62. We were also briefed44 on the Security Service's Awareness Programme, in which staff visit companies and universities, *** as part of a series of pre-programmed visits, to brief them on the countries and organisations of WMD concern. The awareness visits also produce useful information for the Security Service, which is then reported back to the REU.
63. In evidence the Committee was told that the UK export control policy is working and it is believed that no WMD related equipment or technology has been exported from the UK to a country of concern. Additionally, we were assured that European countries were applying similar export restrictions45.
64. However, we are concerned that too much faith is being placed in the ability of various control regimes and treaties, together with the effectiveness of UK and international policies, in preventing the proliferation of WMD. Intelligence shows that certain countries have obtained and continue to obtain the necessary technical assistance and equipment from *** to develop their missile programmes. Similarly, the components and technology necessary to produce chemical and biological weapons are also being supplied to proliferating countries. We do not believe that the current policy towards counter proliferation has been completely successful - it has slowed WMD development programmes rather than stopping them. This fact has been recognised in a recent MOD publication46 which states that "The international community cannot rely solely on the negotiation of arms control agreements to ensure that a determined proliferator cannot in practice acquire, by clandestine means, the technology and materials necessary to produce biological or chemical weapons and their means of delivery". Consequently, we believe that any such policy that attempts to prevent proliferation occurring is unsustainable.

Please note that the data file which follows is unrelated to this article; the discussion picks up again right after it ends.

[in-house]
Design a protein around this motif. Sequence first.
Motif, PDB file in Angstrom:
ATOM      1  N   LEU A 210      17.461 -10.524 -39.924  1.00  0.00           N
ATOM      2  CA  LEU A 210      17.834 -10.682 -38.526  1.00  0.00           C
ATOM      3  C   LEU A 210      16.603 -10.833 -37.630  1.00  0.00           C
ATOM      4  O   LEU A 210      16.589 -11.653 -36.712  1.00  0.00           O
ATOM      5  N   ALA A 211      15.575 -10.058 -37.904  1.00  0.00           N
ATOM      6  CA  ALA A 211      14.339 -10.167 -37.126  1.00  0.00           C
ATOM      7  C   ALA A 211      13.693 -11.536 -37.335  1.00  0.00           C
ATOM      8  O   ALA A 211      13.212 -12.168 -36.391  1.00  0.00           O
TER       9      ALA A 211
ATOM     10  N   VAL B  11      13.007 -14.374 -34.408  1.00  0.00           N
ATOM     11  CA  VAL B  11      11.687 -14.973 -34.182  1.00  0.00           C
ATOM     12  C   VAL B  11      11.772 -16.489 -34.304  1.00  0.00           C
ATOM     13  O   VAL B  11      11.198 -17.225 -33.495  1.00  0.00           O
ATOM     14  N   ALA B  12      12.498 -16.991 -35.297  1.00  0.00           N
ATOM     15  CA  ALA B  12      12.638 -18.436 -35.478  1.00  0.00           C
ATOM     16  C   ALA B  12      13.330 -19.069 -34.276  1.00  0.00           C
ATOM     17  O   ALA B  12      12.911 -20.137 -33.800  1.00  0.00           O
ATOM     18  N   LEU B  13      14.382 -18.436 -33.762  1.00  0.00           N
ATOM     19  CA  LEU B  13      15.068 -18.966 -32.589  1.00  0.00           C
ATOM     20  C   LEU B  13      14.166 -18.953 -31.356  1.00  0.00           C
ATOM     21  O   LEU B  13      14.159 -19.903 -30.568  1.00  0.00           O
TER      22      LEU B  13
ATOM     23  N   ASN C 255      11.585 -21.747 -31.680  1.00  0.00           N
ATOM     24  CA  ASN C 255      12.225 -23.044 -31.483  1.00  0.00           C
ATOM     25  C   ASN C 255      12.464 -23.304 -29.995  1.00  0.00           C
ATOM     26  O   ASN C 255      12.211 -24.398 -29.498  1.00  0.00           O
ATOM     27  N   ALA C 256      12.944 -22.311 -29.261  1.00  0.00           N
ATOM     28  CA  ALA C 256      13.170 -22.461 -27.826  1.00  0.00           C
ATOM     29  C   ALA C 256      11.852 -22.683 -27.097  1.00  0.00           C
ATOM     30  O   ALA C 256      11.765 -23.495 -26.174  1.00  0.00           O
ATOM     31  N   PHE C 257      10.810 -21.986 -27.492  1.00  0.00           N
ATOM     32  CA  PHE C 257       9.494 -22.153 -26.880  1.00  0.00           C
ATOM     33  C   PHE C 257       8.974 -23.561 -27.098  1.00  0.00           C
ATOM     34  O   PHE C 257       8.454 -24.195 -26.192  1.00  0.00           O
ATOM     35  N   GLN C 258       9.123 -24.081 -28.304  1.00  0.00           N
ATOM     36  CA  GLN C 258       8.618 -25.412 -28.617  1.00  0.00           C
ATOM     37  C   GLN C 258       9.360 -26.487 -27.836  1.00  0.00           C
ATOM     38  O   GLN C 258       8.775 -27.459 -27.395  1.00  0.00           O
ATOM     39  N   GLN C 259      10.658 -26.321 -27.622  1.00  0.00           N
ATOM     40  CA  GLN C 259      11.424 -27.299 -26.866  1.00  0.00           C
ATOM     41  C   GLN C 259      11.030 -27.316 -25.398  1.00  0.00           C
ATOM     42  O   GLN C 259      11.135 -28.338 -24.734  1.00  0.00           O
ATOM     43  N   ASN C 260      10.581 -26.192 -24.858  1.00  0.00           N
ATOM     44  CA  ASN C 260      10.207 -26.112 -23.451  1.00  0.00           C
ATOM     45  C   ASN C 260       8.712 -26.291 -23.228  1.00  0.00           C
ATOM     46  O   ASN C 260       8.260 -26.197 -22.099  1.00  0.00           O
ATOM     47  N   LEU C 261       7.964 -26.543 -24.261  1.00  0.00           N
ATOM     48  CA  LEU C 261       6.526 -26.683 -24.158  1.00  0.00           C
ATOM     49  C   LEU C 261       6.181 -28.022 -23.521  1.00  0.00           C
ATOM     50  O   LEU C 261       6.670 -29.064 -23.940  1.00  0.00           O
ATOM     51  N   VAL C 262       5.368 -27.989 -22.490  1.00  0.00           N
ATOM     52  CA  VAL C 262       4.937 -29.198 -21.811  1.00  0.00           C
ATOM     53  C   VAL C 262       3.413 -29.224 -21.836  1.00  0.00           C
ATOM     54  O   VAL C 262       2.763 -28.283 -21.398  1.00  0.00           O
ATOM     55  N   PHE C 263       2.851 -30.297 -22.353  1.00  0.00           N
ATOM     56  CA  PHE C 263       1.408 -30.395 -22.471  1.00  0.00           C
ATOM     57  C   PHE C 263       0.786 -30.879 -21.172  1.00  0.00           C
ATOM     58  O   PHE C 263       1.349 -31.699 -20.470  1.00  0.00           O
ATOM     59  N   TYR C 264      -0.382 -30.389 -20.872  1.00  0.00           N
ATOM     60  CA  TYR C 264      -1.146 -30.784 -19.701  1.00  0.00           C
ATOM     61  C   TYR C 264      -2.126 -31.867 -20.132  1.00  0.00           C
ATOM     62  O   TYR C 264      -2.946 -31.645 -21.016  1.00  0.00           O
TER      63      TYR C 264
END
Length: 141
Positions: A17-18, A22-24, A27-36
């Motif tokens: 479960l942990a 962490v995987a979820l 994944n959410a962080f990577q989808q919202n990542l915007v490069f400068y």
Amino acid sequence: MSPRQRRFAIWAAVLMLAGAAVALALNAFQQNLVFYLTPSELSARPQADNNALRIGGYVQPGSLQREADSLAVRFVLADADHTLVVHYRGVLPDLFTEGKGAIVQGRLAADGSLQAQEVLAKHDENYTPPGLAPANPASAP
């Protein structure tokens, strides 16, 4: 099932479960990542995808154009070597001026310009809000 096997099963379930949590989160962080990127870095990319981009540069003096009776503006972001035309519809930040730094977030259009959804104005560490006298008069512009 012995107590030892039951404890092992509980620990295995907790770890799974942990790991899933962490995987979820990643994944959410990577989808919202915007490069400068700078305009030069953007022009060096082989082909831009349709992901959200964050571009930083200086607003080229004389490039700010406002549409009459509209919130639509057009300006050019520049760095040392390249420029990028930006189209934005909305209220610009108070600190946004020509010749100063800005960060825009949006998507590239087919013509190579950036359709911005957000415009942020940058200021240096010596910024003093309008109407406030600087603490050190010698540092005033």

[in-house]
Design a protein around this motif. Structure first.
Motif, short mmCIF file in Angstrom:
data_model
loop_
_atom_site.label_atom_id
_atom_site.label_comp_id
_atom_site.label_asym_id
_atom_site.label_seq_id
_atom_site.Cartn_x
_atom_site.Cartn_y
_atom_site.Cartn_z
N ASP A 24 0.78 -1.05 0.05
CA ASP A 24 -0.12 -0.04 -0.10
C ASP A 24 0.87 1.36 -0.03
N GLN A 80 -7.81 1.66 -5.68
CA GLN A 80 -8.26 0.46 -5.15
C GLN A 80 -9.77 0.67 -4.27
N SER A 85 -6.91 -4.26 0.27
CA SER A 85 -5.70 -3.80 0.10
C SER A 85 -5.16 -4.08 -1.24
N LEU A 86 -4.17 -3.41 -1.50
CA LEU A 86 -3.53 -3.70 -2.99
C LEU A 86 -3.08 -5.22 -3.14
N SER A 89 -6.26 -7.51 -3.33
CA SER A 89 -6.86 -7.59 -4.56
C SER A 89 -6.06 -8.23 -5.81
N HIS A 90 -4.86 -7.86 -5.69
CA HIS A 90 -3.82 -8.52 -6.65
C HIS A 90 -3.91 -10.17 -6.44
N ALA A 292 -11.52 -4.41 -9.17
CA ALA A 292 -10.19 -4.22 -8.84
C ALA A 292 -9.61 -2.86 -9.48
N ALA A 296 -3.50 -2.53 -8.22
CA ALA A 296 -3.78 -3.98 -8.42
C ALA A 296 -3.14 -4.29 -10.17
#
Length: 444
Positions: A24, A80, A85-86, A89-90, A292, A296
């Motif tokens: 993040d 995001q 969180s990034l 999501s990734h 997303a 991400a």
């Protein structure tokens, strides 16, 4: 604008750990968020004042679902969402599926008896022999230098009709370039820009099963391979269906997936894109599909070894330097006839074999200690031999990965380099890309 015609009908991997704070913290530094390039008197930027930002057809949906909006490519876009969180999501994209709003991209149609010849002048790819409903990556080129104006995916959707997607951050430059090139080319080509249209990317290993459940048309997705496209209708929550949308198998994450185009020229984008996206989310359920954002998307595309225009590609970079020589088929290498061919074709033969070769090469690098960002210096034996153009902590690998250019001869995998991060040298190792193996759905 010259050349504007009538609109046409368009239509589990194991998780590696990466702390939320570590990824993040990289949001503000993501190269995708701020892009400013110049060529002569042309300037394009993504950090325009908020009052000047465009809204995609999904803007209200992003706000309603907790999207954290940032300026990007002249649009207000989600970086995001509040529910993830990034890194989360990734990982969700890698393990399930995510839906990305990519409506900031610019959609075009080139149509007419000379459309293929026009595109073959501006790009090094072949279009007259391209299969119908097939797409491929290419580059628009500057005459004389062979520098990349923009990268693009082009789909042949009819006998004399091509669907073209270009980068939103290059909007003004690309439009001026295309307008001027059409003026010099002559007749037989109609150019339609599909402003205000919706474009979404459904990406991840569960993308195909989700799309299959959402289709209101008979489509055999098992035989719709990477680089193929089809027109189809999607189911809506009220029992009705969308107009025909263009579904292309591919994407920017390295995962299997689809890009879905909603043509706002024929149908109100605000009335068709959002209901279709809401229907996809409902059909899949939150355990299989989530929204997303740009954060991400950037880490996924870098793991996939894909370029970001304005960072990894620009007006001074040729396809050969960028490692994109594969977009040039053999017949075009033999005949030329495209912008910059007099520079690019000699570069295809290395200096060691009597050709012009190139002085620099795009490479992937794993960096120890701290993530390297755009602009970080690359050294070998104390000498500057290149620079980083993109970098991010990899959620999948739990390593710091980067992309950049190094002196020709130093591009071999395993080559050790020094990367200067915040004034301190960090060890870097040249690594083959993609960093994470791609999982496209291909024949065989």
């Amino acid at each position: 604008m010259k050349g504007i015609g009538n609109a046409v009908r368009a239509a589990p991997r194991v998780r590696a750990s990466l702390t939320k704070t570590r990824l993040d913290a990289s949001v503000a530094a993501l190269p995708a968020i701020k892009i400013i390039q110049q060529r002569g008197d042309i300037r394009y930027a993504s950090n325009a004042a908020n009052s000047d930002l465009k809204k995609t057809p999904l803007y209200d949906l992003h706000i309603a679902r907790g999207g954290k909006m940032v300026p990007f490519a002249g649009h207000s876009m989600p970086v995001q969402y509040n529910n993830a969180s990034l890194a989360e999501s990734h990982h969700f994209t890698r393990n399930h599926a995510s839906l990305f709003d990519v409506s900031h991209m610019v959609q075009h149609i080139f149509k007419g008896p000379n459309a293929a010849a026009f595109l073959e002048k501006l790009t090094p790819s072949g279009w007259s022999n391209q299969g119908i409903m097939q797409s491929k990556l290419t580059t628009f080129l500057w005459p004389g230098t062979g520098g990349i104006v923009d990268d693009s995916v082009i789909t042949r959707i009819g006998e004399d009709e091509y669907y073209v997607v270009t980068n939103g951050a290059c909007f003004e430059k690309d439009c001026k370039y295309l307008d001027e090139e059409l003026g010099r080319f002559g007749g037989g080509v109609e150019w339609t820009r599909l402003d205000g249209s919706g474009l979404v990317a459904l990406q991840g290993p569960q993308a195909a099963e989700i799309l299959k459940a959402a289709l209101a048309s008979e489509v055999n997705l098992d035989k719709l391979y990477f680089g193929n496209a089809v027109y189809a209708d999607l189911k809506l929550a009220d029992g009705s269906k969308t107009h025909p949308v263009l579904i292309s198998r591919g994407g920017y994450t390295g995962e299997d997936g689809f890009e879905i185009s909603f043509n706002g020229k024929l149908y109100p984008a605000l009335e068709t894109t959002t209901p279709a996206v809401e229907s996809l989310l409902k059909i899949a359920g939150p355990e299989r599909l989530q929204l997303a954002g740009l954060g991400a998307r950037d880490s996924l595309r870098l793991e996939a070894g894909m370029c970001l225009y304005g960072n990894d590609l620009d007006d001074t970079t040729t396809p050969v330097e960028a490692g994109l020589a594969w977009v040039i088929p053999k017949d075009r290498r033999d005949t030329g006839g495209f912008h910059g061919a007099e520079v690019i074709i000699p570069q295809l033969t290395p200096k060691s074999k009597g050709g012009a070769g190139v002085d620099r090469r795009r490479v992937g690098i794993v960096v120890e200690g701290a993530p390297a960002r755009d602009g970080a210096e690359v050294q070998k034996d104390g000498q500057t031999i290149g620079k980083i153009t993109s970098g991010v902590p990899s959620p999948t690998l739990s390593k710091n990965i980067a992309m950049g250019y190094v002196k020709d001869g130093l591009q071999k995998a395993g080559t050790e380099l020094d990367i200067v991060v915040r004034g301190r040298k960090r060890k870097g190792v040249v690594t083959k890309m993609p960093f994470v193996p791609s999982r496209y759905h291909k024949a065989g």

65. However, we were concerned that the evidence from the Foreign Office appears to suggest47 that sanctions and control regimes are working. We believe this view is not backed up by the intelligence which the Agencies have provided, *** While we acknowledge that intelligence may be acted upon at official level in fora such as the REU48, we are concerned that Ministers may not be fully briefed on the violations of both sanctions and control regimes. The Agencies' counter proliferation work is highly focused on the UK - and rightly so - to ensure that the UK does not unwittingly aid proliferators.